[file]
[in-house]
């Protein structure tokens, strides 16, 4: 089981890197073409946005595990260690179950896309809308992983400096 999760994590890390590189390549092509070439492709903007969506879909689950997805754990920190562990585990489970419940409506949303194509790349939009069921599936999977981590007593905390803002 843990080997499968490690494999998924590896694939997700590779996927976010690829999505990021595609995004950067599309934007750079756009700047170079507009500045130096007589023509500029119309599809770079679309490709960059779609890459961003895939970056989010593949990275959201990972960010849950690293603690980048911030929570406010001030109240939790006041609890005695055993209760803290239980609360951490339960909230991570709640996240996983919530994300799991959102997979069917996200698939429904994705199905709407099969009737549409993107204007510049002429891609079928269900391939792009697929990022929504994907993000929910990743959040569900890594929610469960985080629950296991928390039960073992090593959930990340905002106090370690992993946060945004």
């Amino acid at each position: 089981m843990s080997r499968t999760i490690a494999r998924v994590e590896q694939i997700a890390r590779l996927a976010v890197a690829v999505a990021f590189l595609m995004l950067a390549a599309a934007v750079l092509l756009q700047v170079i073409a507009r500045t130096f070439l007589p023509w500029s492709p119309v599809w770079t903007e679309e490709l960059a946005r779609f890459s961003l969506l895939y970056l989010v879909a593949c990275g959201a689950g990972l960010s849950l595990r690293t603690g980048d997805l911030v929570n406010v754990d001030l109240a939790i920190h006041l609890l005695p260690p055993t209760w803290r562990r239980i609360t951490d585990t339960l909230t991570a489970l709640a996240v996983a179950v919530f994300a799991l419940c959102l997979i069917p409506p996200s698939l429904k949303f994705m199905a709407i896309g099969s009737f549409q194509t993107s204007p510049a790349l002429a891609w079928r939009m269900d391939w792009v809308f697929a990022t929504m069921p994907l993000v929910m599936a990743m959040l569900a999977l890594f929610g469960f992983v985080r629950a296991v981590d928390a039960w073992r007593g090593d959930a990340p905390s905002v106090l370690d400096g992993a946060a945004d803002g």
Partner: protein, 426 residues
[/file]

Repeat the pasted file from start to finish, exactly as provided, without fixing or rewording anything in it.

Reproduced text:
[in-house]
């Protein structure tokens, strides 16, 4: 089981890197073409946005595990260690179950896309809308992983400096 999760994590890390590189390549092509070439492709903007969506879909689950997805754990920190562990585990489970419940409506949303194509790349939009069921599936999977981590007593905390803002 843990080997499968490690494999998924590896694939997700590779996927976010690829999505990021595609995004950067599309934007750079756009700047170079507009500045130096007589023509500029119309599809770079679309490709960059779609890459961003895939970056989010593949990275959201990972960010849950690293603690980048911030929570406010001030109240939790006041609890005695055993209760803290239980609360951490339960909230991570709640996240996983919530994300799991959102997979069917996200698939429904994705199905709407099969009737549409993107204007510049002429891609079928269900391939792009697929990022929504994907993000929910990743959040569900890594929610469960985080629950296991928390039960073992090593959930990340905002106090370690992993946060945004």
């Amino acid at each position: 089981m843990s080997r499968t999760i490690a494999r998924v994590e590896q694939i997700a890390r590779l996927a976010v890197a690829v999505a990021f590189l595609m995004l950067a390549a599309a934007v750079l092509l756009q700047v170079i073409a507009r500045t130096f070439l007589p023509w500029s492709p119309v599809w770079t903007e679309e490709l960059a946005r779609f890459s961003l969506l895939y970056l989010v879909a593949c990275g959201a689950g990972l960010s849950l595990r690293t603690g980048d997805l911030v929570n406010v754990d001030l109240a939790i920190h006041l609890l005695p260690p055993t209760w803290r562990r239980i609360t951490d585990t339960l909230t991570a489970l709640a996240v996983a179950v919530f994300a799991l419940c959102l997979i069917p409506p996200s698939l429904k949303f994705m199905a709407i896309g099969s009737f549409q194509t993107s204007p510049a790349l002429a891609w079928r939009m269900d391939w792009v809308f697929a990022t929504m069921p994907l993000v929910m599936a990743m959040l569900a999977l890594f929610g469960f992983v985080r629950a296991v981590d928390a039960w073992r007593g090593d959930a990340p905390s905002v106090l370690d400096g992993a946060a945004d803002g």
Partner: protein, 426 residues